who has not had this experience. The
experience which makes a man a normal
Christian includes : ( i ) A definite con-
viction of sin as rebellion against the holy
God, with a knowledge of the divine dis-
pleasure and a fear of punishment from
which he has no power to rescue himself;
(2) a definite repentance, in which he
loathes his sin and with a contrite heart
turns away from it because it is displeas-
ing to God; (3) a definite consciousness
that in Jesus Christ God offers him a
complete rescue, including pardon and
restoration; (4) a definite act of faith by
which he accepts Christ as a personal
Saviour and gives his whole self to Christ,
thus trusting himself to the divine rescue
and resting upon it; (5) a definite wit-
ness within that he is accepted of God
and is now a member of God's family;
(6) a definite consciousness of power



24 Personal Salvation

over sin, whether presented by outward
temptation or inward suggestion.

The man who has had this experience
has passed through the process of rescue
and is a Christian. Paul had all of these
"internal states and feelings" and bore
testimony to them. He could not have
had them unless his belief had passed
from Jewish to Christian. This experi-
ence never loses its freshness and power.
It is always present, always new. Nor is
it necessarily all secured at once. A par-
tial belief may give a partial experience,
and as belief deepens the experience will
become more definite. And the experi-
ence always reacts upon the belief, making
it clearer and stronger, until it practically
becomes knowledge rather than mere be-
lief. This will be discussed more at length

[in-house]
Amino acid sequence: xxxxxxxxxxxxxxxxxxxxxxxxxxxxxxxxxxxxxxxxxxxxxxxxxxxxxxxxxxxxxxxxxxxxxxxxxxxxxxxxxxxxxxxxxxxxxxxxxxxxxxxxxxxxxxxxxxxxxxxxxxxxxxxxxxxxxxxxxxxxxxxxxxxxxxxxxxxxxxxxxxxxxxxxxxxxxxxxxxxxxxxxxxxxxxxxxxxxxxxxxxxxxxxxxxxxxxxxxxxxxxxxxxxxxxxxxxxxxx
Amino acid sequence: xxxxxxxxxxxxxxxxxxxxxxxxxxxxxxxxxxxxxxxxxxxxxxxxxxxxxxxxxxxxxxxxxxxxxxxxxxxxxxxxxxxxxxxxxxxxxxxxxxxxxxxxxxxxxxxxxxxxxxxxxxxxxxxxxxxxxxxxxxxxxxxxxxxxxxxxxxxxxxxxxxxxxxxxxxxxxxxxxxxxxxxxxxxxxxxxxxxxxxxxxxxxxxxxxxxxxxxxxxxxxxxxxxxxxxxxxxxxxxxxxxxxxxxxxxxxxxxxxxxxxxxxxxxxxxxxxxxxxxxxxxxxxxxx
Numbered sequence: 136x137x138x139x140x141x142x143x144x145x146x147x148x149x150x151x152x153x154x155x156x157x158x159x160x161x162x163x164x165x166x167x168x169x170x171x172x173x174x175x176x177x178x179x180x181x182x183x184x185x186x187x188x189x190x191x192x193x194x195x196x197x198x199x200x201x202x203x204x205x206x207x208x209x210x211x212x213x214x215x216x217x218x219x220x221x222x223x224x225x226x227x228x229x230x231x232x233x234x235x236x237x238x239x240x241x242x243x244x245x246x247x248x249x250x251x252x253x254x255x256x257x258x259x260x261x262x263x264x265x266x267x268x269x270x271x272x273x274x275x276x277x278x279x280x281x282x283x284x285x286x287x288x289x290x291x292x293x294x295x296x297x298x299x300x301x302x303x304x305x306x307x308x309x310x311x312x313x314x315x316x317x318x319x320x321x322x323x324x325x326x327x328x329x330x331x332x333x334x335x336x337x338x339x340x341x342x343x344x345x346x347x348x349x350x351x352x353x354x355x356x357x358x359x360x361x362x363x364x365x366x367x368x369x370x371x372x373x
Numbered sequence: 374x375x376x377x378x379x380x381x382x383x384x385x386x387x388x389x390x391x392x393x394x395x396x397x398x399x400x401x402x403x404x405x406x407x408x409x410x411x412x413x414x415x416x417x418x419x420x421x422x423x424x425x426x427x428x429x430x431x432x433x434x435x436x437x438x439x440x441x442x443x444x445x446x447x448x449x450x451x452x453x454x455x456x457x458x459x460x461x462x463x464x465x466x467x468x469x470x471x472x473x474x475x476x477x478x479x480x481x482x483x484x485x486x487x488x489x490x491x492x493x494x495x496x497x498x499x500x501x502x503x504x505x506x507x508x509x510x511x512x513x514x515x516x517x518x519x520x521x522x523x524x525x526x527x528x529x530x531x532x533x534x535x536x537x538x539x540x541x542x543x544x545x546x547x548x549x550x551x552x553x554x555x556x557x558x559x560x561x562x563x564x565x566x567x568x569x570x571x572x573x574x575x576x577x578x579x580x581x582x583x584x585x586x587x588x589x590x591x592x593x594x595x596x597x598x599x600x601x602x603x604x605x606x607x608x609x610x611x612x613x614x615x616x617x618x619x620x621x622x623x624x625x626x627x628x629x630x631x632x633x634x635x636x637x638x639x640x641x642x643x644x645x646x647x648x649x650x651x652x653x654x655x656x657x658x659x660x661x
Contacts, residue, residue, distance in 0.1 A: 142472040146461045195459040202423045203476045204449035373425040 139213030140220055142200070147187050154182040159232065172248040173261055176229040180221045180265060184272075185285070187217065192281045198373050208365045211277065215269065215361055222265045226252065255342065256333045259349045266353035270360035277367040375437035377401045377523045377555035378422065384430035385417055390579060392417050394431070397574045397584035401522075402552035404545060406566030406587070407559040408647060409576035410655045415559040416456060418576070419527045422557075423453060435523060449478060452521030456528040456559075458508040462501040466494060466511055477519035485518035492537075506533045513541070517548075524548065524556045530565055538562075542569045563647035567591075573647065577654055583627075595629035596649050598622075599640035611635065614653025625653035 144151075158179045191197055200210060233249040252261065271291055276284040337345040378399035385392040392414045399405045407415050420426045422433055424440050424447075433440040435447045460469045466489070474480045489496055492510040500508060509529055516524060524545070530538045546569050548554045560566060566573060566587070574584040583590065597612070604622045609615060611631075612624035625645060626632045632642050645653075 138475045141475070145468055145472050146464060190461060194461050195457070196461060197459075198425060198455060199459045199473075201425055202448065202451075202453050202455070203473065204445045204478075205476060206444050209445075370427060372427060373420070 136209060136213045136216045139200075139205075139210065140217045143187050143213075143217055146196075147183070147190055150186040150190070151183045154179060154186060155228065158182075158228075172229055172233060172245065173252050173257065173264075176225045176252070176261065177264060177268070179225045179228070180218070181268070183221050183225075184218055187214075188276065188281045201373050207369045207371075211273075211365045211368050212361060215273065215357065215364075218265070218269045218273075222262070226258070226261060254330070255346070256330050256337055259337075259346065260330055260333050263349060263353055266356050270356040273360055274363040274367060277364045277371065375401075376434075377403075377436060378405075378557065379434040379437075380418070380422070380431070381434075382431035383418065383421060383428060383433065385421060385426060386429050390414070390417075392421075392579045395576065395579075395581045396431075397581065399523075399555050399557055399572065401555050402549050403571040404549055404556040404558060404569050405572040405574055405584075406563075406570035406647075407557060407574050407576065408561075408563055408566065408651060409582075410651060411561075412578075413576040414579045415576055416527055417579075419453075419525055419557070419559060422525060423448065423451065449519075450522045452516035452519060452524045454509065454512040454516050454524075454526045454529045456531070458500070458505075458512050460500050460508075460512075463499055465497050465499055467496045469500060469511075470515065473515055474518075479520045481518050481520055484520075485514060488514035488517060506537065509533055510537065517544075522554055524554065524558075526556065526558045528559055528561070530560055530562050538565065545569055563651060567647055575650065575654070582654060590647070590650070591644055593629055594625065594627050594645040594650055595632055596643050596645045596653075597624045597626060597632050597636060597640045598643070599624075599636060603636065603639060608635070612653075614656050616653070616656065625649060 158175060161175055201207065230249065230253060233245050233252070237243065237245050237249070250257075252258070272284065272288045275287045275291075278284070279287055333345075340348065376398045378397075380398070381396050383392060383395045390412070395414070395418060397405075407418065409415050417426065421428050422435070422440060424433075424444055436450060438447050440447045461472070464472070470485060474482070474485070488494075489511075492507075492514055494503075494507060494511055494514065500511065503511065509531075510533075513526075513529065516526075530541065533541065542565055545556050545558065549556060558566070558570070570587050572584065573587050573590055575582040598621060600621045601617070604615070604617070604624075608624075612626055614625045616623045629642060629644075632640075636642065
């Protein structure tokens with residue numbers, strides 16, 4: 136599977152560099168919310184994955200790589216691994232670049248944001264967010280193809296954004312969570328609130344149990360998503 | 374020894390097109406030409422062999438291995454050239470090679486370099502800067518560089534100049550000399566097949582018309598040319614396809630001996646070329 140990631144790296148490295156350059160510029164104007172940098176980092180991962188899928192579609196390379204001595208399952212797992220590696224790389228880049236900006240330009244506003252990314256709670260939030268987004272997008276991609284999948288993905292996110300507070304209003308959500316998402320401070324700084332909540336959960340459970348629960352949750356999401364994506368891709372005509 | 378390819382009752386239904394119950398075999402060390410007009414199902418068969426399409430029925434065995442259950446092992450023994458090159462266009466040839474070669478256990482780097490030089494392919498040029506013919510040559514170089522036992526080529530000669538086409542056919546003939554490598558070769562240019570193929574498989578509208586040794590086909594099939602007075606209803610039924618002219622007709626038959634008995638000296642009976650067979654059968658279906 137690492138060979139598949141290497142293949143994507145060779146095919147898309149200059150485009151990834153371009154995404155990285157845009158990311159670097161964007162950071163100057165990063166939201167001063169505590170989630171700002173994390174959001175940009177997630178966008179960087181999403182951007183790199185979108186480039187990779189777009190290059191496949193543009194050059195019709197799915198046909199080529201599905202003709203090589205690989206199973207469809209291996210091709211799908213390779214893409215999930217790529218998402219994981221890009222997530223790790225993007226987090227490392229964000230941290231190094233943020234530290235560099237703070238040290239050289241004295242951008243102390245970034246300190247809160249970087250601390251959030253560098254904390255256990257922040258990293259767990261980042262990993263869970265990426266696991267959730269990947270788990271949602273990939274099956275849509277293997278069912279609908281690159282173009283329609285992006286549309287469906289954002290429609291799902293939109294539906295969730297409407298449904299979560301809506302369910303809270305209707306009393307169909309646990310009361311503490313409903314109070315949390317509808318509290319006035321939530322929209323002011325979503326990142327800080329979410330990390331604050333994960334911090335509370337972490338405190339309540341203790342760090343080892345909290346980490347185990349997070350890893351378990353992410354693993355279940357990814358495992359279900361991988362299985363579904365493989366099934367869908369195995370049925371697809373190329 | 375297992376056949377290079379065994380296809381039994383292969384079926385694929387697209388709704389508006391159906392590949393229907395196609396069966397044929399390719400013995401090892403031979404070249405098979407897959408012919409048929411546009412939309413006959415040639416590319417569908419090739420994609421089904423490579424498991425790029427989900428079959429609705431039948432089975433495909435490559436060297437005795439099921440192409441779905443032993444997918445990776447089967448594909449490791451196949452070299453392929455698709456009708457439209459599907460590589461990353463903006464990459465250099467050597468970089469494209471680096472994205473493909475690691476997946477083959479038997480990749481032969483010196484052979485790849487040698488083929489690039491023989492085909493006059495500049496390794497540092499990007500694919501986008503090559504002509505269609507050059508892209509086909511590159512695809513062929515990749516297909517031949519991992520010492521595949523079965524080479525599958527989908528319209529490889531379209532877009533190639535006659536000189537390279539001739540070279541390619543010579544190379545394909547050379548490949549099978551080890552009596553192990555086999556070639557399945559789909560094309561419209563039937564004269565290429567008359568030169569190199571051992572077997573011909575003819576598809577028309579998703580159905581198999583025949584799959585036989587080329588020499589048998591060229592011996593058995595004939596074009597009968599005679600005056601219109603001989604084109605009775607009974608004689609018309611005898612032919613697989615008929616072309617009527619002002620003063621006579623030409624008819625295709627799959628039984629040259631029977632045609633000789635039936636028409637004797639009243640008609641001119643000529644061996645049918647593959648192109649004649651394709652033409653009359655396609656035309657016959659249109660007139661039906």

in the chapter on ''Christian Assurance."

A DEFINITE COURSE OF LIFE

To continue to be a Christian a man
must bring his conduct into subjection to



The Christian 25

the belief and the experience. Not every
well-meant life is a Christian life. The
doctrines of Christianity and the experi-
ence of the personal rescue bring into the
man's life certain great motives, and it is
only as these motives rule in his life that
he is a Christian. These motives gather
up all lesser interests and compel the
thought and affections to subject them-
selves to the one great motive of love and
loyalty to Jesus Christ. By reason of the
rescue from sin the man has been restored
to the right relation with the Father, and
has also become a vital center in the new
holy brotherhood which the Father is or-
ganizing about Jesus Christ, the Elder
Brother. Hence this definite life has a
peculiar relation to God and to our fel-
low-men. In relation to the Father it is a
life of blessed communion, of the indwell-
ing of the Holy Spirit, of loving service
and obedience; a life of freedom, since
he is no longer ''under bondage," but is
become a child of God. In relation to our



26 Personal Salvation

fellow-men it is a life of fellowship and
love and service, its one great characteris-
tic being a spirit of self-sacrifice in behalf
of the brotherhood of man. '^Hereby
know we love because he laid down his